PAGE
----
freestocks/stocksnap
Source: freestocks/stocksnap

I’m not among the purists who insist that mobile devices and social media are signaling the end of civilization. The technological revolution is benefiting society in many ways. It’s benefiting me personally. If nothing else, the GPS on my phone means my pitiful sense of direction is less of an albatross than it once was; I spend far less time lost and spewing frustrated profanities than I once did.

As someone who, like many introverts, finds the telephone onerous, I feel liberated by texting. On a good day, I genuinely enjoy Facebook. (On bad days, I rue this access we have to other people’s ids. Some things I just don’t want or need to know.) There are times—i.e. long waits in the doctor’s office—when a pocket-sized entertainment center is a godsend. And any number of apps have become daily necessities in my life, from my banking app to Resistbot.

But I also realize that at times, the easy accessibility of the virtual world allows me to indulge my introversion to a degree that isn’t necessarily good for me. The invisible bubble I used to create around myself, as insulation from the boisterous world, is now a screen. I can be in the world but not engaged with it. Perhaps even when I want to be. Research finds that even when we’re face to face with other people, the mere presence of a smartphone can degrade the quality of the interaction.

That’s depressing. And it’s not who I want to be or how I want to live.

I don’t want my phone interfering with intimacy. I don’t want my friends to be little more than photographs, and my interactions carefully curated quips. I don’t want to be oblivious to what’s happening around me because I’ve retreated into a virtual world. I don’t want my conversations to be limited to what my two clumsy thumbs manage to bumble out.

These days, even email is more than most people want to bother with. Once upon a time, I had intense, philosophical discussions via email. These days, most people prefer texting. And often, even words seem too much bother, so they resort to emojis and images, perhaps with the new shorthand for emotion: TFW

Even as I am intrigued by the shift communication is taking, this hurts my deep-thinking introvert brain. Is conversation being replaced by small talk? And by individual, isolated processing of images, shared only in the virtual world?

TFW when you wonder if your essential being is obsolete.

And yet….

The ability to communicate without face-to-face interaction is weirdly seductive to my introverted self. It’s so … easy. I can almost convince myself that I am completely in control of all my virtual interactions. I can almost believe that I have an active social life because I have an active social media life.

Until I start feeling bad. I start getting infuriated with people I know only in the virtual world or, worse, with people I genuinely like IRL. I realize the people I feel emotionally closest with are geographically far away. I find myself at a loss when I’m craving real face time with real humans in their flesh-and-blood form.

I imagine this post will generate pious reactions from people who have chosen to avoid social media altogether. To each his own, but I prefer not to be disconnected from one of the largest and most culturally significant developments in my lifetime. As it is, I’m only nominally on Twitter and miss a lot as a result. But Twitter stresses me out and gives me a headache. I’m active on Facebook and Instagram and that’s enough for me.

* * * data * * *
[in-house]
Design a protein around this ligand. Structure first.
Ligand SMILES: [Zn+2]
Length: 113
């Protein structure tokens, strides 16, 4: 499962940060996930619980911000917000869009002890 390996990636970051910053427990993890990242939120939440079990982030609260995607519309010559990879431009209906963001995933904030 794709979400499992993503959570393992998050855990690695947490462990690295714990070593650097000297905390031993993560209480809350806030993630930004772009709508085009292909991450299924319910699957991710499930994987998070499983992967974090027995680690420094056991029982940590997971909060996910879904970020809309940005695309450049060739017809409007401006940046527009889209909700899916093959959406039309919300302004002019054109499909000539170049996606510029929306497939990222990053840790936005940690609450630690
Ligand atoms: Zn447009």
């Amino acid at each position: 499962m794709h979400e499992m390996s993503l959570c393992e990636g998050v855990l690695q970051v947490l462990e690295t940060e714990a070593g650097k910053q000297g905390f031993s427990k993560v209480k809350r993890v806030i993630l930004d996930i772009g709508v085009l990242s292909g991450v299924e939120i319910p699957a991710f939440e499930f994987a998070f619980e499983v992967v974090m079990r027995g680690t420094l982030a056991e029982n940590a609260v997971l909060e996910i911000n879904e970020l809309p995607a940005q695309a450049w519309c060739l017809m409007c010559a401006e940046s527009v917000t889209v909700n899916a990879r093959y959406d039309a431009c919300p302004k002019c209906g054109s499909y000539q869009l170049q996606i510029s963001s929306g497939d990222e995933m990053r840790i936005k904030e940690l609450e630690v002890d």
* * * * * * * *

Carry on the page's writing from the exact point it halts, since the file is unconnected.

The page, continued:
Still, like much of the First World, I’m having to learn how to engage in the virtual world without disappearing into it.

And so I try to give myself guidelines for my interactions. I’d call them rules, but then I’d have to admit how often I break them. Because right now, the spirit is strong but the flesh is weak. I’m not always as good at following my guidelines as I’d like to be. But still I try, on a regular basis, to…

  • Recognize the symptoms of spending too much time on social media and take action to get back into the real world. (These are likely to be individual—do you know your symptoms?)
  • Keep my phone out of sight in social situations. I might pull it out to find the answer to a question or resolve a fact-related dispute, but I don’t check email or social media, and I put it away again when I’m done. After all, if I'm going to be selective about who I spend time with, I should treat those people and that time as sacrosanct.
  • Look at nature rather than photographing it. How many sunset photos do I need, anyway? Don't I get out in nature to soothe my fevered soul? Does my phone further that cause? 
  • Resist checking my phone at every stoplight—instead I look at the sky, at birds, at people on the street.
  • People watch instead of burying my face in my phone when I’m in line at the store, waiting to board a flight, or waiting for my food in a restaurant. How much of the world’s serendipity do I miss when I'm not paying attention?
  • Take a break from posting on Facebook on weekends, even if I sneak peeks to see what other people post. (I’m not superhuman.)
  • Say yes to as many opportunities for real-life interactions as my introversion can withstand. Having social media friends isn’t the same as having real friends, and the only way to make real friends is to spend real-world time together.
  • Use software that cuts me off from social media when I need to get work done.

I don’t say that extroverts are immune to being sucked into the smartphone. But I do wonder if, as introverts, we are at greater risk. In many ways, the retreat that technology offers is an introvert's dream come true. We just have to make sure it’s a dream from which we are capable of awaking. 

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